The Occupational Safety and Health Act (OSHA) creates standards that all U.S. employers must follow to ensure workers remain safe and secure. When a violation occurs, workers are encouraged to report incidents to the proper authorities to prevent serious injuries or even loss of life from occurring. The OSHA Education Center offers the following information, which will help you take the right steps in the event that you experience a violation at your place of work.
OSHA regulations span many different industries and professionals. However, some workers are exempt from these laws. For example, people who work on farms that are owned by immediate family members are not privy to OSHA laws. Industries mandated by federal safety regulations, such as mining, are also exempt. In this case, workplace violations must be reported to the proper authorities. Additionally, people who are self-employed are also considered exempt from OSHA regulations.
You should also be aware of the types of hazards that are commonly reported. These "serious" hazards can cause serious injuries to workers, which is why employers must take every step to prevent them from causing harm. When the use of ladders is common, proper fall protection must be put in place. When it comes to machinery, guard mechanisms must be used to protect workers from malfunctions and flying debris. Workers must also have easy access to personal protective equipment.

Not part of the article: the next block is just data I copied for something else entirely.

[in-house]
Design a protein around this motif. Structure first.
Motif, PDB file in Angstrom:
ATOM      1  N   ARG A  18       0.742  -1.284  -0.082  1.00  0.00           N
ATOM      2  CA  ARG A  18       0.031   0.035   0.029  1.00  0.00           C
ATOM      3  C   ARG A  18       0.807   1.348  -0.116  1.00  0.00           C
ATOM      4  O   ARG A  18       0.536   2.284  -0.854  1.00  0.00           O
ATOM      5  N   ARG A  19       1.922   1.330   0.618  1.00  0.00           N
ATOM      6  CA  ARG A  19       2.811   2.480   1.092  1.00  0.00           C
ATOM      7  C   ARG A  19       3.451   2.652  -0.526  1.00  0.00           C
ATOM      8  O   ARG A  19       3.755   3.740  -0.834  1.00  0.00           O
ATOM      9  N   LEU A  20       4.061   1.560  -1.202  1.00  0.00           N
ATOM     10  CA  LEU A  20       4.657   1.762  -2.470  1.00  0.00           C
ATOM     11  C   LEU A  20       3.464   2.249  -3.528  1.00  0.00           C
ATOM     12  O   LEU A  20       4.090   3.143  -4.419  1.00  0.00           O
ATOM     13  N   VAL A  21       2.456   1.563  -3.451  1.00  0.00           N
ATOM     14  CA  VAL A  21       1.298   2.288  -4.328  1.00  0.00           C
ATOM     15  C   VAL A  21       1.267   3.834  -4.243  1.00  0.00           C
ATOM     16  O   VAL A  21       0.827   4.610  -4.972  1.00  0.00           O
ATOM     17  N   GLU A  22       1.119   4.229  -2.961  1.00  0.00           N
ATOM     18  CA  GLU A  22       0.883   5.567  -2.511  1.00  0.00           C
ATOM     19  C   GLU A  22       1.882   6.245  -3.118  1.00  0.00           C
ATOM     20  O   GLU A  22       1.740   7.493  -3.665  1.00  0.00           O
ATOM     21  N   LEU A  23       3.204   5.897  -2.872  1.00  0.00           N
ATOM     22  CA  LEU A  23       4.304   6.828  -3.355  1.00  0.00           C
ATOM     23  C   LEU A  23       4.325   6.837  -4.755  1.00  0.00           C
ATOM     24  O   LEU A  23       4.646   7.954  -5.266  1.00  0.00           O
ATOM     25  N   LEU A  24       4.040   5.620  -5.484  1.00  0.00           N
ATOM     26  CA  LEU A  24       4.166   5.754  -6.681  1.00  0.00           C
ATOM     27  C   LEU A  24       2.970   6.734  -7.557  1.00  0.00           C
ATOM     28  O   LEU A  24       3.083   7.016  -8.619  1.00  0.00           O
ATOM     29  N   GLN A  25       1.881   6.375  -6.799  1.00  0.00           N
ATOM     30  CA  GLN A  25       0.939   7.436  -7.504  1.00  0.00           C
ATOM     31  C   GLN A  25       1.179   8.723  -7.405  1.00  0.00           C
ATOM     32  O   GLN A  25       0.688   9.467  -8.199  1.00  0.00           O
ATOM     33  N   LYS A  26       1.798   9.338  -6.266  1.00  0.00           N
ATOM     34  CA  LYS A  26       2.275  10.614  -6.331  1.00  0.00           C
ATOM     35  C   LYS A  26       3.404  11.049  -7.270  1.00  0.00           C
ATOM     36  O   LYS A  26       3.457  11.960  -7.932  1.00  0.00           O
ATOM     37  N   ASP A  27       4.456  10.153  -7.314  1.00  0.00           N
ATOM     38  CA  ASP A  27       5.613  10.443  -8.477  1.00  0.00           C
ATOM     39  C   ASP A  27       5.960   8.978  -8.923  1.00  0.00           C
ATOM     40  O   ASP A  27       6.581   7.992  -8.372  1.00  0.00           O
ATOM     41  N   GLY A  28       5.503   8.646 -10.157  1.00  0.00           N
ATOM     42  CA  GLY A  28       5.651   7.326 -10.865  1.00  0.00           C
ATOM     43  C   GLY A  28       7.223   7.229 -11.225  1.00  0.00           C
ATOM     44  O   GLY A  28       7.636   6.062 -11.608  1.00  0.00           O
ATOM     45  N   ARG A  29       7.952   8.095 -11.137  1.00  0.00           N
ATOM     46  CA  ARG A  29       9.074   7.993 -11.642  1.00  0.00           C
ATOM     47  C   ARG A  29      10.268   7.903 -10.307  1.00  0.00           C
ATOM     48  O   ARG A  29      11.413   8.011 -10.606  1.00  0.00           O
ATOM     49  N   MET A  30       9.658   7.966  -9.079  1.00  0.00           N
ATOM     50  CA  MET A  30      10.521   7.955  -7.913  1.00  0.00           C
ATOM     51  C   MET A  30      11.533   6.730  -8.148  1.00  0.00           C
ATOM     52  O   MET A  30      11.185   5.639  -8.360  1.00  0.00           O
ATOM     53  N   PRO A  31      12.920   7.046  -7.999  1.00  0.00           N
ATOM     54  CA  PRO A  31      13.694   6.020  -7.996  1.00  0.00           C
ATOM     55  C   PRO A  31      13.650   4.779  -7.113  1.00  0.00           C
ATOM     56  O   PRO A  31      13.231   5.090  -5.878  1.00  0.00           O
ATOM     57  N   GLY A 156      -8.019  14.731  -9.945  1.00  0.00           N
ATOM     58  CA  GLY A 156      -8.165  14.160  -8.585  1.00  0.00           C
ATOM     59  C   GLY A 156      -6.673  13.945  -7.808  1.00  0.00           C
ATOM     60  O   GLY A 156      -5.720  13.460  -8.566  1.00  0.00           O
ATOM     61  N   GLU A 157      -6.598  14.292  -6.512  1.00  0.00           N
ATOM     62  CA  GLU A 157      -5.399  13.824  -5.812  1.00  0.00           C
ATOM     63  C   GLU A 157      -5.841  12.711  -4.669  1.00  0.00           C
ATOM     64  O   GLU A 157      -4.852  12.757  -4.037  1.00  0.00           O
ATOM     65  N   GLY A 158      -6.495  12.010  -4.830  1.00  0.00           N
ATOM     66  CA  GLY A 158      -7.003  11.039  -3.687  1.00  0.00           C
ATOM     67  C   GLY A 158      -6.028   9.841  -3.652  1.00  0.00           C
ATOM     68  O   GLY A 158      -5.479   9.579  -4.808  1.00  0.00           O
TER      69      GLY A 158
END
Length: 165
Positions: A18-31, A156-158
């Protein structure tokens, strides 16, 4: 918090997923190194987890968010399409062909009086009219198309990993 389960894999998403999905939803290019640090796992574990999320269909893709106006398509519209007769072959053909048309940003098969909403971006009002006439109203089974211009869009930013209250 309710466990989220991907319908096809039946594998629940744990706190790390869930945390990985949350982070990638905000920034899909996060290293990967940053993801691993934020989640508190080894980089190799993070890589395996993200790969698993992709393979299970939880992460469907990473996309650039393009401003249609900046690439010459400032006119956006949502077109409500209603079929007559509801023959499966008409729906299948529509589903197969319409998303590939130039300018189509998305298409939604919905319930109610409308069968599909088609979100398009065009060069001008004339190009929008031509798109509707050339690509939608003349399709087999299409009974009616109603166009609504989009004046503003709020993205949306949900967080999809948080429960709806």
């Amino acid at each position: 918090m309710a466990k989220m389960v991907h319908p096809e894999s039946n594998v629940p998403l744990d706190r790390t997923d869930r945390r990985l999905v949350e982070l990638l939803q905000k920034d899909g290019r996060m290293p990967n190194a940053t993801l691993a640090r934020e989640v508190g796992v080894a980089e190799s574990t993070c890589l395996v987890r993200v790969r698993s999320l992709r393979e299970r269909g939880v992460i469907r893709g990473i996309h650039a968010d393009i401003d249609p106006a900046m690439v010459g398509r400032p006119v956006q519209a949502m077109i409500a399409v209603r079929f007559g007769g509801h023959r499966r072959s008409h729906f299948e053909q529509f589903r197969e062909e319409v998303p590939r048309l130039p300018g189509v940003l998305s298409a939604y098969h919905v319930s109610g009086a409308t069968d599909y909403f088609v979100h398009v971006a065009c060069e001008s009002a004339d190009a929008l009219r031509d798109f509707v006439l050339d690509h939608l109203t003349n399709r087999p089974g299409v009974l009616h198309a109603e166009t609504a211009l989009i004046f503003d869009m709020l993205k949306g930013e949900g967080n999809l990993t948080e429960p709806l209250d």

This is one of three OSHA requirements that all employers must abide by. Personal protective equipment must be available, but workers must also be properly trained on its importance and how it should be used. Employers must also provide OSHA with access to relevant medical records for workers who've been injured as a result of an alleged violation. Lastly, when hazardous materials are present in the workplace, employees must be made aware of and understand the proper procedures for handling and disposal.